A woman frustrated that her car jerks while accelerating.

While diving can be stressful, experiencing a sudden jerk while you accelerate can be downright scary. If a sudden jerk catches you off-guard you may even lose control of your vehicle. It’s important to know the possible reasons your car may jerk while accelerating, and how to fix these issues. Below, we’ve outlined some common possible causes and fixes.

1. Clogged Fuel Injectors

Having clogged fuel injectors is a very common issue that can cause many car problems. A clogged fuel injector can prevent the fuel your car needs to accelerate, thus causing you car to jerk in the process. If you hear your car engine stuttering, then the injectors may not be providing an adequate amount of fuel.

To fix this, you should clean the injectors on a regular basis. Using a fuel injector cleaning solution might eliminate the issue of the car jerking.
If the clog is too severe, the injectors may need to be taken out and cleaned or replaced by a mechanic.

2. Obstructed Catalytic Converter

Your car’s catalytic converter manages the reduction of exhaust particles that your car puts out. However, if the converter is obstructed with too much exhaust/air, then it can become obstructed. This can also cause the airflow to be impeded throughout the car’s exhaust system.

This can result in jerking and stuttering, which can cause your car to become unresponsive during acceleration. Other than the possible jerking, you may also experience bad smells, an illuminated check engine light, or decreased fuel economy.

Depending on the severity of the issue, you may be able to clean out the converter using a cleaner. However, if the issue needs more than a cleaner, then you will need to have a mechanic investigate, and it may end up needing to be replaced.

3. Defective Mass Airflow Sensor

Having a defective mass airflow sensor could certainly cause your car to jerk or even lung forward while accelerating.

The mass airflow sensor helps measures the amount of air that your car engine takes in. Based on the amount of air intake, the MAF data is used to adjust the injectors to supply an adequate fuel amount when necessary so that an ideal air and fuel mixture is maintained.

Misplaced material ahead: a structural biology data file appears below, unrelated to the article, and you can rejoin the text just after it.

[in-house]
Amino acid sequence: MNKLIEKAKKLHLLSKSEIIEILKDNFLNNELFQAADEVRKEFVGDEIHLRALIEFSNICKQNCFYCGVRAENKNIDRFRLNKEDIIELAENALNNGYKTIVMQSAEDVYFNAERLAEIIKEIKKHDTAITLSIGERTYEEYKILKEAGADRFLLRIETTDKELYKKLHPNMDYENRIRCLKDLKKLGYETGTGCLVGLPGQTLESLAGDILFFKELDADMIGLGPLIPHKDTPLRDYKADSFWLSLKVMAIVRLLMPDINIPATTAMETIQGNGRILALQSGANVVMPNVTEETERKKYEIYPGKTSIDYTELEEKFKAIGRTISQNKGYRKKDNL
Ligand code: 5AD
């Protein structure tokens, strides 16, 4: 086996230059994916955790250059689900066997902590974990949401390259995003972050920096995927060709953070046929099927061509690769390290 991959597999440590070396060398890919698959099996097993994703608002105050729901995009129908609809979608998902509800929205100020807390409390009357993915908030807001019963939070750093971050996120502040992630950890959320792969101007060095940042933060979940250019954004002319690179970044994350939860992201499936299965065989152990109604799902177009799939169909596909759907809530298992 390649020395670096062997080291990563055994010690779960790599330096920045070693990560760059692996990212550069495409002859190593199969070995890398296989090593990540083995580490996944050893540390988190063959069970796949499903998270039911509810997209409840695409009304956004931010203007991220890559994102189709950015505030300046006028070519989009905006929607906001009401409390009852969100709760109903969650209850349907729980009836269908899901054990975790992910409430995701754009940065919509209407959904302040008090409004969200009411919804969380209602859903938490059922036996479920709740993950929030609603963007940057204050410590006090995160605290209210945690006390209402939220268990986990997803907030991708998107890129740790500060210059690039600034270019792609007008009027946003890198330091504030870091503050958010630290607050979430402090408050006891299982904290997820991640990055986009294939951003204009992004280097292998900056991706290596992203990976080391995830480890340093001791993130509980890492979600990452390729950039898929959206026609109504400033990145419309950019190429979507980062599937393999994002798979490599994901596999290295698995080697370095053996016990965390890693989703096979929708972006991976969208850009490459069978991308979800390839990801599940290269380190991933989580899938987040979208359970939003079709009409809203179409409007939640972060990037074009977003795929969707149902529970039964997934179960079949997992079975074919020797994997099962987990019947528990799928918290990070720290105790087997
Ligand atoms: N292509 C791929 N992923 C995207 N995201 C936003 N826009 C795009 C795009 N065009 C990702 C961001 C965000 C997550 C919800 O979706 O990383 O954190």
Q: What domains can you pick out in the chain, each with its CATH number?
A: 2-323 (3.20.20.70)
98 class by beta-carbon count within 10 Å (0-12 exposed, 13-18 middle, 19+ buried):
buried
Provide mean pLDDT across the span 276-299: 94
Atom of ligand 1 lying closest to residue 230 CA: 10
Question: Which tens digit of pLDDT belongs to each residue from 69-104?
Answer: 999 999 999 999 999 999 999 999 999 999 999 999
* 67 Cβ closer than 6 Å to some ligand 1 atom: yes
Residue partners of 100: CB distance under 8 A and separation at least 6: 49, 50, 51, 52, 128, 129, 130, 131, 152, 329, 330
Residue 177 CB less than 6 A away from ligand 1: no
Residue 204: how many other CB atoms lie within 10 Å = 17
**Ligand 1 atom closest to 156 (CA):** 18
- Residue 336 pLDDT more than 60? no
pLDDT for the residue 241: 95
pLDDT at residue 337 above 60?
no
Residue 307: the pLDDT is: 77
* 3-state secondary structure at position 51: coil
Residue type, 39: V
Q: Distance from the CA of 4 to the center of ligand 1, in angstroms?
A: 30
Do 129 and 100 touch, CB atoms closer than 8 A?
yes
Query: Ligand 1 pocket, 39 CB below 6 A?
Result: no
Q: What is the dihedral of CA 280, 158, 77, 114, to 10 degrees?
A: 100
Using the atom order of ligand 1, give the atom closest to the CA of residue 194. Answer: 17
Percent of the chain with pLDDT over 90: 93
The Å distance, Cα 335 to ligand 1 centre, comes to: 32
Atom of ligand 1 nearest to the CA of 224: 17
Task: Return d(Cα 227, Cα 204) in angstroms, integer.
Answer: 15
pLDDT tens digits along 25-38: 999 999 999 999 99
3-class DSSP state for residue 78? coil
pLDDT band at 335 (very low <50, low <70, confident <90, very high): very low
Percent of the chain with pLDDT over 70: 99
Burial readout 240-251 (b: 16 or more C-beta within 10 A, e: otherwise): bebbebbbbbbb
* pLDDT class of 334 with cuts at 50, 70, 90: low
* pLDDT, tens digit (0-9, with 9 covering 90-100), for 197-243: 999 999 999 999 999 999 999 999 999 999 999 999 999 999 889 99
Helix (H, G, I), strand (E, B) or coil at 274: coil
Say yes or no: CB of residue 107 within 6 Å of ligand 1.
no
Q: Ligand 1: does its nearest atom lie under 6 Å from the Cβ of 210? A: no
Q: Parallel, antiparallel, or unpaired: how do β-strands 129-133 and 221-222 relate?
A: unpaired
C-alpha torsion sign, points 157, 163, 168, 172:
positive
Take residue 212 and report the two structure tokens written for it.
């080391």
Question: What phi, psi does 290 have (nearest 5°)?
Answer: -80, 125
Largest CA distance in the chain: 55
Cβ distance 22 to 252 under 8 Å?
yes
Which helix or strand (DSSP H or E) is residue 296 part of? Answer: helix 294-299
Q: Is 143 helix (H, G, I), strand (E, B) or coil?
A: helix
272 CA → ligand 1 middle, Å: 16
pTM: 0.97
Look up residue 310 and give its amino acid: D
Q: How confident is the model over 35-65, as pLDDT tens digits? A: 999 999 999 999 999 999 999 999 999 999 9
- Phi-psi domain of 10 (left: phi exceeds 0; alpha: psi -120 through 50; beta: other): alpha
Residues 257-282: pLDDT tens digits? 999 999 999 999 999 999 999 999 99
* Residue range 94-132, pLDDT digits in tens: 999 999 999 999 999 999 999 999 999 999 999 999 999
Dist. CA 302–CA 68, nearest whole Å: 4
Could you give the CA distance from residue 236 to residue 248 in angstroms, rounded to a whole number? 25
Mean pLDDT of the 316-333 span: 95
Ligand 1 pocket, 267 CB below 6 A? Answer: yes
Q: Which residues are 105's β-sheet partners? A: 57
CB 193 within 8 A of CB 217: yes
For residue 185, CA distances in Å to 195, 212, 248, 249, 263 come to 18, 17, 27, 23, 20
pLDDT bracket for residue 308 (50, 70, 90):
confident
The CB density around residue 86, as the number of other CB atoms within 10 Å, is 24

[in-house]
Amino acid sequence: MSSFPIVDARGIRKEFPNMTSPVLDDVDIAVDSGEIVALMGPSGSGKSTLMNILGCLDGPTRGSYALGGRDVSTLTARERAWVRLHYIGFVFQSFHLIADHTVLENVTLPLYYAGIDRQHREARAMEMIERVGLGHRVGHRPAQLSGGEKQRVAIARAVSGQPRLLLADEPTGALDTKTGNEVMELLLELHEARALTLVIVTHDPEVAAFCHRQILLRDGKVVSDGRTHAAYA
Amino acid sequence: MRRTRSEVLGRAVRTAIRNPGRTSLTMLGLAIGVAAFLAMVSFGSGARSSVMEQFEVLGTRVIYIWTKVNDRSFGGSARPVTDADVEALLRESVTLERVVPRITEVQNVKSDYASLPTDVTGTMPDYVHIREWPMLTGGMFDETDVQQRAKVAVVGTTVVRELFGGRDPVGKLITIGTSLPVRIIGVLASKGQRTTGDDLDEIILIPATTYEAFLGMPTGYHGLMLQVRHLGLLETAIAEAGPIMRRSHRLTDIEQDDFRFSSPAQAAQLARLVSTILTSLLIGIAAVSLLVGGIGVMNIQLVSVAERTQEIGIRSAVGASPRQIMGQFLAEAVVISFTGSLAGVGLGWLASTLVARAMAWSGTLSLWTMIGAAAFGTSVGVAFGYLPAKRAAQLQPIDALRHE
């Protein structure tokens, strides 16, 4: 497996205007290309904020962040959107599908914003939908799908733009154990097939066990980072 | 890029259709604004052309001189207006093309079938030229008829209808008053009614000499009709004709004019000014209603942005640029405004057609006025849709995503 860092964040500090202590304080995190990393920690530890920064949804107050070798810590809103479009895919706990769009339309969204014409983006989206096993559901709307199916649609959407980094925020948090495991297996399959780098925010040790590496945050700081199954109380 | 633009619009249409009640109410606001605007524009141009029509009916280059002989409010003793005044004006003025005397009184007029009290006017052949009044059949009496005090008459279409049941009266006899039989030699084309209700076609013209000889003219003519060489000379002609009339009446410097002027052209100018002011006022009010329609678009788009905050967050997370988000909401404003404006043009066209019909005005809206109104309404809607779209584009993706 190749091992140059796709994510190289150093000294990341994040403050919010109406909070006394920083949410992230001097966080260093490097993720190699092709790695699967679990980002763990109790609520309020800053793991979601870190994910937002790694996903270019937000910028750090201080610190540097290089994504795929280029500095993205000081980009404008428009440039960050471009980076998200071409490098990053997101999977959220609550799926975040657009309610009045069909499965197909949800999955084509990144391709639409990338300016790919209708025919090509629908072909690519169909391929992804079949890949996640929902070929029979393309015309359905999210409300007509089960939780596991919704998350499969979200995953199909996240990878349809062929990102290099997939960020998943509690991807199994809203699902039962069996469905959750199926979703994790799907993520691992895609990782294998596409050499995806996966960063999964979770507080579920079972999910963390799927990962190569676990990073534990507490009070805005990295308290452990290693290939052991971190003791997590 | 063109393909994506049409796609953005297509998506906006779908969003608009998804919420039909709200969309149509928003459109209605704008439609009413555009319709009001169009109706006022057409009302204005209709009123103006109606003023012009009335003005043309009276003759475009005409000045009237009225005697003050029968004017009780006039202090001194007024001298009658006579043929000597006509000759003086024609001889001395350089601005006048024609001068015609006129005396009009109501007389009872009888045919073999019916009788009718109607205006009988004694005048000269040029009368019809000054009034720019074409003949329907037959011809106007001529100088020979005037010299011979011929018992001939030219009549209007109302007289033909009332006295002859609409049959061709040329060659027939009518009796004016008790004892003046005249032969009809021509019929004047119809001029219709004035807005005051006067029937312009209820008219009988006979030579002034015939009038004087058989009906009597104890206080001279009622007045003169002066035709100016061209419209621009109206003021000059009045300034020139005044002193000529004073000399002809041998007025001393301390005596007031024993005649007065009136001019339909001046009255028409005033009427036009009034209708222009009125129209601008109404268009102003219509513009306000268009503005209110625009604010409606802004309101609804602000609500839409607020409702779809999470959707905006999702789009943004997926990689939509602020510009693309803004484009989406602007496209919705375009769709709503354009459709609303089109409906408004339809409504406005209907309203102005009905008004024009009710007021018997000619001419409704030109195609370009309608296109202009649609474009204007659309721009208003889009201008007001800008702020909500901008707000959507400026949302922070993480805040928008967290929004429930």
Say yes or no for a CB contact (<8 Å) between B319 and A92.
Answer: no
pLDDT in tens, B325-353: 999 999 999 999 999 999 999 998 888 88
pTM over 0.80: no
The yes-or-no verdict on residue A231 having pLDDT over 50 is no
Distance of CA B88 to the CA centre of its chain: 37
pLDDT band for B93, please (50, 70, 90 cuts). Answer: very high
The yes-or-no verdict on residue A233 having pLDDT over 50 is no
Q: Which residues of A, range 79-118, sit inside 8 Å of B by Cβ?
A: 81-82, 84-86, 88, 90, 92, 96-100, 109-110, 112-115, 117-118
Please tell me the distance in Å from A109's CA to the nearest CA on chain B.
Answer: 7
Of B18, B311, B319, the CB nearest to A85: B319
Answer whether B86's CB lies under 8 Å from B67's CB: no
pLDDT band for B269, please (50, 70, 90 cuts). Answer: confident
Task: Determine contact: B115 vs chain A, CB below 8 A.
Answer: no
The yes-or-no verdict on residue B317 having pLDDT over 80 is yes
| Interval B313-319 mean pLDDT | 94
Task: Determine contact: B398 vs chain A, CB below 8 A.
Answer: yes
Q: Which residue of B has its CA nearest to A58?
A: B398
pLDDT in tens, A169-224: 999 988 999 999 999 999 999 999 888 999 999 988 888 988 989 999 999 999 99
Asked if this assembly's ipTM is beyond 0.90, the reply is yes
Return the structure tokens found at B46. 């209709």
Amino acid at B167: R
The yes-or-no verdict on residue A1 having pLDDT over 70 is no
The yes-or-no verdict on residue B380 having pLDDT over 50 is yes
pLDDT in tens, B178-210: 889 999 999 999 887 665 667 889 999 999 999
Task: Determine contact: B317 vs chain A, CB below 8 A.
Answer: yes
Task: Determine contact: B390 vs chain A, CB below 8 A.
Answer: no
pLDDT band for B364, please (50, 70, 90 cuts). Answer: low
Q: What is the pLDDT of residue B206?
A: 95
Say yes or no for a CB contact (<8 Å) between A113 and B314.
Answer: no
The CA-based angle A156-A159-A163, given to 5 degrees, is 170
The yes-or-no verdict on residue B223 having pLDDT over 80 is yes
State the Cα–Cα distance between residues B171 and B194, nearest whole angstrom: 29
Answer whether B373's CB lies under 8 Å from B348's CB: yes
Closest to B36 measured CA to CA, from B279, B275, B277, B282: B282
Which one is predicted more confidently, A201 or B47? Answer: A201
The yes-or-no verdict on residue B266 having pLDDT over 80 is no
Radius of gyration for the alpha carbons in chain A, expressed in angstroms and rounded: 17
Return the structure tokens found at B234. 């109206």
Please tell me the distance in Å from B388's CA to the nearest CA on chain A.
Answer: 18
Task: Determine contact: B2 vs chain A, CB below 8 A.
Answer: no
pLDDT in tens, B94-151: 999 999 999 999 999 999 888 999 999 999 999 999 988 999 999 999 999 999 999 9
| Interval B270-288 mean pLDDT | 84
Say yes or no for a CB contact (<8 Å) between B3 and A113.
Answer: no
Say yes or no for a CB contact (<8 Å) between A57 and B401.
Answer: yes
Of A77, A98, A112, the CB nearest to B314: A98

If the mass airflow sensor becomes defective, jerking can occur as you accelerate or drive at higher speeds. It may be noticed a lot as you drive at a constant high speed such as highway diving.

You may notice black smoke coming from your tailpipe or your engine may backfire, and you will likely be notified of a problem when the check engine comes on. To fix this issue you’ll need to have the sensor replaced.

4. Dirty Fuel Filter

Car jerking is often due to the amount of fuel being supplied to the engine, so checking the fuel filter and fuel pump is a good place to start diagnosing.

When a car has a faulty fuel pump your car will have a hard time maintaining the required amount of fuel needed for accelerating. You will likely need to have it replaced.

5. Clogged Air Filter

Proper air intake is essential for your car to run properly, so it is necessary to have a clean air filter. When your air filter is dirty, it decreases the amount of available air that the engine needs to combust properly.

The air filter’s job is to prevent dirt and debris from entering the engine. When the filter becomes too dirty, it may allow some of the built-up dirt to enter. When this happens, your car may begin to jerk.

By keeping an eye on the filter’s cleanliness, you will be able to prevent clogging, and when it becomes too dirty to clean you’ll need to replace it.

6. Spark Plugs Don’t Spark

Checking the spark plugs and identifying if they no longer spark is easy to do and fix. When the spark plugs are working properly, they ensure power is properly provided to the vehicle.

Having the spark plugs misfire due to being worn out can cause jerking or shuttering while you accelerate and drive.
To prevent any misfiring, you can just replace the plugs. To prevent any other spark plug issues, it’s a good idea to have all the plugs replaced.

7. Worn Out Accelerator Cable

Although most cars today use a throttle that is electronic, many older cars still utilize a cable that helps the vehicle accelerate. This cable is the link between the throttle’s plate and gas pedal.

As times passes, you may wind up with a worn-out accelerator cable on your hands. If this is the case, then the car will not respond normally as you attempt to accelerate, which can lead to jerking.

If the cable shows signs of damage or wear and tear, you’ll need to have it immediately fixed or replaced to ensure that it does not snap, which will prevent the car from being drivable.

8. Malfunctioning Transmission Control Module

A malfunctioning transmission control module can be another cause of jerking as your car’s gears shift. If you feel the jerk as your car shifts gears, you need to check the control module.

The transmission control module controls the shifting as you accelerate, so you may experience delays with shifting, which can cause your car to jerk.
While this is not as common of an issue as others in this list, it can certainly be the culprit behind your car jerking.

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